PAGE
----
Because of the high fat content of many holiday feasts, pets that are fed from the table are at serious risk of becoming gravely ill. In some cases, pancreatitis will be fatal.

We recommend feeding your pet its own food prior to mealtime, to make it less likely to beg. If you or your guests are tempted to share food with Fluffy and Fang, we recommend moving your pets to a separate area of the house during mealtime and after-dinner cleanup.

Let your guests know that your pets are on a strict diet and cannot have table food. If you have to – blame the vet! We’re always happy to play wet blanket when it comes to giving pets unnecessary – and even harmful – treats.

Symptoms of pancreatitis
Watch for:

  • abdominal pain
  • vomiting
  • diarrhea
  • fever
  • weakness
  • depression
  • collapse from shock

How do you know if a pet is experiencing abdominal pain?
Look for these signs:

  • restlessness
  • panting
  • trembling
  • hunched-up posture
  • “praying” posture
  • resting on cool surfaces
  • vocal or physical response to touch (on the belly)

Which types of dogs or cats are most at risk of pancreatitis?
Normally, in this type of article, I list the age span, breeds, and gender of dog or cat most commonly affected by the disorder. I am not going to do that in this post for one specific reason: I do not wish to give any pet owner the impression that his or her pet is “safe” from pancreatitis and can join in the family meal. We just don’t recommend it for any pet.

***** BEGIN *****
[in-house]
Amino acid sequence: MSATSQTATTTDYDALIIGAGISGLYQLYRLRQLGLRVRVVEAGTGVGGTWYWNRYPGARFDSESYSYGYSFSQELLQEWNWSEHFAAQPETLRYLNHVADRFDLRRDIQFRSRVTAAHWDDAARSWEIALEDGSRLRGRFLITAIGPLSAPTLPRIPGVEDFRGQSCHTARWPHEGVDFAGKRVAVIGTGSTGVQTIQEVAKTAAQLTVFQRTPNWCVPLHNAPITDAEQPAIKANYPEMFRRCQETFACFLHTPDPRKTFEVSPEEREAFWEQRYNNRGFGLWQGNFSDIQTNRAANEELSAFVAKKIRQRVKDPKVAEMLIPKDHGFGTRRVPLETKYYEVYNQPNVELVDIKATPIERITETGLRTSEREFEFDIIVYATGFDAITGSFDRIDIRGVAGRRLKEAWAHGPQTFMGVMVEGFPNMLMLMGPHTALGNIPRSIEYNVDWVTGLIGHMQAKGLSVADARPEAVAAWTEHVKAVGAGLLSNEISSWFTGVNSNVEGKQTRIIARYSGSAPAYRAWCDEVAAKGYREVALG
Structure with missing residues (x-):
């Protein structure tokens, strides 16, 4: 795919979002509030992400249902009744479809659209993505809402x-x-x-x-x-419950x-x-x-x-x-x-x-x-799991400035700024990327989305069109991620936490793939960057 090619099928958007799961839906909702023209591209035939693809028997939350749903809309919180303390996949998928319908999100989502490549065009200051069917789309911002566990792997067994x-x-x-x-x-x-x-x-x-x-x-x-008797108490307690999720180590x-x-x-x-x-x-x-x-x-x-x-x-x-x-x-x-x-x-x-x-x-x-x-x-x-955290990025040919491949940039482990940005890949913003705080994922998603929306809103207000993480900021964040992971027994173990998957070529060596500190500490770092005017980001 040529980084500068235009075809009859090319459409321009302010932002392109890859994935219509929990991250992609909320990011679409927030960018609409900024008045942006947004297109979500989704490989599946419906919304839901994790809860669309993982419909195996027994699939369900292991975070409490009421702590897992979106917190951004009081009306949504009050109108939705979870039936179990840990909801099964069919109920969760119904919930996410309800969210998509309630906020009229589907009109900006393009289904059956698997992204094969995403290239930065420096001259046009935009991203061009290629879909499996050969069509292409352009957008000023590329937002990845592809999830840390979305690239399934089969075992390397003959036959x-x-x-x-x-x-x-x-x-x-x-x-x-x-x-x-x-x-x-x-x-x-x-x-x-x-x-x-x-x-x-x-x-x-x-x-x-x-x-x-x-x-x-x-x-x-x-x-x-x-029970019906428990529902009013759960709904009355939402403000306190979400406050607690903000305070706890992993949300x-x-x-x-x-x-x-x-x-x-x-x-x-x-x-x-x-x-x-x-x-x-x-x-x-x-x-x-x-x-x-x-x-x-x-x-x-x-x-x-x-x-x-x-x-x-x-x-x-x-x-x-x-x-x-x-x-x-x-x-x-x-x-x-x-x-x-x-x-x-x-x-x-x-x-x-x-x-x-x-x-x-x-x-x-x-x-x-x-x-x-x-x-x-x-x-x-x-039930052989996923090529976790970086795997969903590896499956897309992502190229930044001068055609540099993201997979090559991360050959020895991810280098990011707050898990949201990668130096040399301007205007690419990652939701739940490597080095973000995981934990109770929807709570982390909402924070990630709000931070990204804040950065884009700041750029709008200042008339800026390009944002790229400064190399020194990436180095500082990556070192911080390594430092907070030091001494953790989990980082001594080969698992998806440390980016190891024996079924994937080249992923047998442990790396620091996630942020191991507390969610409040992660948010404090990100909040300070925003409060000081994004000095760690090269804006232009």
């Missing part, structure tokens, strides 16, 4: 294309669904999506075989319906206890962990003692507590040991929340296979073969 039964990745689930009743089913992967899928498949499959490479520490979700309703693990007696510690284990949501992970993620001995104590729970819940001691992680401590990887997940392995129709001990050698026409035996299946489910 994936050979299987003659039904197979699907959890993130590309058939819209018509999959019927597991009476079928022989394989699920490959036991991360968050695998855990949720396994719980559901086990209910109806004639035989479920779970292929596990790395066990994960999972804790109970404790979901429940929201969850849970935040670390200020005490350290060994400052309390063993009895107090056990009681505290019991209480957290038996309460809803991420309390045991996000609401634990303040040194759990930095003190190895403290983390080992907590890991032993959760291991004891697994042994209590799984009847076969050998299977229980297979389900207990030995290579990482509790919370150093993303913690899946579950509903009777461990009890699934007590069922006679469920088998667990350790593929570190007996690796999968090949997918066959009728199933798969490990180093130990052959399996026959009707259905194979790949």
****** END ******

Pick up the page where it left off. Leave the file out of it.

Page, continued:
Take Action
If you believe your cat or dog may have pancreatitis (even at a non-holiday time of year), take him to the nearest Veterinary Emergency Hospital. Immediate intervention in a critical care setting will give your pet the best chance at recovery.

Remember: some cases of pancreatitis can be deadly, so prevention and early intervention are key to your pet’s good health.

*****************************************************************
Resources for this article include:
Instructions for Veterinary Clients
Saunders Comprehensive Veterinary Dictionary
Saunders Manual of Small Animal Practice
The 5 Minute Veterinary Consult
*****************************************************************
This article was originally posted on November 12, 2012.

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Winter Pet Care Tips from Purina

Winter and the busy holiday can pose special risks for pets.  Help your pet to weather the winter and stay healthy and safe by following these simple tips.

  • Keep indoor pets in a dry, warm area free of drafts.  If possible, elevate your pet’s bed off the floor.